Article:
- Person B (Spiritually Healthy). This person would tell themselves "God is in control of my life and I am not alone. Things may not go exactly as I have planned, but God is helps me through everything. He really loves and cares for me." While this person may still have some fear and anger it is not as intense as the Spiritually Distressed person. This person is comforted and gains strength through their spirituality. They find peace and diminish anxiety through prayer and mediation. Their negative emotions decrease and the likely hood they will experience pain also decreases.
Many people are interested in discerning what their Spiritual Health Inventory is. A format was created by Drs. Anandarajah and Hight in 2001 for an article in American Family Physician that has created the HOPE format as a way to investigate a person's spiritual health. The four category approach is as follows:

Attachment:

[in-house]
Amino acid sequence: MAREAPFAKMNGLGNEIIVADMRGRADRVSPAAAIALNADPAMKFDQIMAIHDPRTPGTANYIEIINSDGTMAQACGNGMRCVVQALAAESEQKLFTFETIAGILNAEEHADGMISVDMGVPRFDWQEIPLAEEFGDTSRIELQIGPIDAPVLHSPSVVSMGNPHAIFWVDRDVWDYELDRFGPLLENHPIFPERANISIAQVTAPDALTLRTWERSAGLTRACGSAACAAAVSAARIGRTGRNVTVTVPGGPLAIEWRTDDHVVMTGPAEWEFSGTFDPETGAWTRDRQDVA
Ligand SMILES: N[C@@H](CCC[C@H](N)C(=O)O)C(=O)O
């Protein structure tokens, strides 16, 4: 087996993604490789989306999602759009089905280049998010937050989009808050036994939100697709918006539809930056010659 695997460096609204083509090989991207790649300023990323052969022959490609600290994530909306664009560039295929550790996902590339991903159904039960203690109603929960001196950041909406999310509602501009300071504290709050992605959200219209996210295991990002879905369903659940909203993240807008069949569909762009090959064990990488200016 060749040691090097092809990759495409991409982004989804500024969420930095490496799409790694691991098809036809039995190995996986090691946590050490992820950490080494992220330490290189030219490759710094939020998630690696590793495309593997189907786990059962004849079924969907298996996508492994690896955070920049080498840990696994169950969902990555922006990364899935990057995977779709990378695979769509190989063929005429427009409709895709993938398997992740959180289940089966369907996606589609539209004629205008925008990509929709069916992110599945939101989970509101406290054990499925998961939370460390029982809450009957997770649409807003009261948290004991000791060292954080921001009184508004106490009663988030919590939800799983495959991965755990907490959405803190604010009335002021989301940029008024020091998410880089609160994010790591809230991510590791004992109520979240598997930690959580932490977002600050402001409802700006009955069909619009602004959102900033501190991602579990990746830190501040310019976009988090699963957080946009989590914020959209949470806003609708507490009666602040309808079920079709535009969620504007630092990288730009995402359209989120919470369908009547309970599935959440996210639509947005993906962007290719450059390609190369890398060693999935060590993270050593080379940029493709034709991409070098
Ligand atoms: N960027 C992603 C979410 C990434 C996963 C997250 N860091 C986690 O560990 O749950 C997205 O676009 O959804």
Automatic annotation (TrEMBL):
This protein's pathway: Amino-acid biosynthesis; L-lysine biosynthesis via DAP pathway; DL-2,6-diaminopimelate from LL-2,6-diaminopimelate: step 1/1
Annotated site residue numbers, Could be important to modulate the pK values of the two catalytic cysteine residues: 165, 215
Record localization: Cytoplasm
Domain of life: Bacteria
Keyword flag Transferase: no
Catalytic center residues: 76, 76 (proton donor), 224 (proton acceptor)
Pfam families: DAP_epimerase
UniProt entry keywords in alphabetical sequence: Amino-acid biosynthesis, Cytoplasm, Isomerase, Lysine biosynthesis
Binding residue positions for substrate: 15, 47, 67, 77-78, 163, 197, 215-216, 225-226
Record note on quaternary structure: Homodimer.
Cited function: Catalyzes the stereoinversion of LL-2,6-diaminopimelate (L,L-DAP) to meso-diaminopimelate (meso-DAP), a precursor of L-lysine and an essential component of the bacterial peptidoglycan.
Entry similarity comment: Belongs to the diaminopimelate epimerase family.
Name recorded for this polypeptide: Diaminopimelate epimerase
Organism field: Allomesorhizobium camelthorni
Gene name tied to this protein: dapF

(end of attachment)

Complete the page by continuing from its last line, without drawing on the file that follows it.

- H: Ask about sources of Hope, strength, comfort, meaning, peace, love, and connection
- O: Ask about the role of Organized religion for the patient.
- P: Ask about the effects of a patient's spirituality and practices
- E: Ask about the effects of a patient's spirituality and beliefs on medial care and end-of-life issues.
Dr. Brady has expanded upon this four category approach and developed a comprehensive inventory that a person can use that provides insights into a person's spirituality. Due to copyright infringement the wiki is not allowed to post the inventory, however if you are interested in taking it or learning more about Dr. Brady's approach look into his book, Pain Free for Life.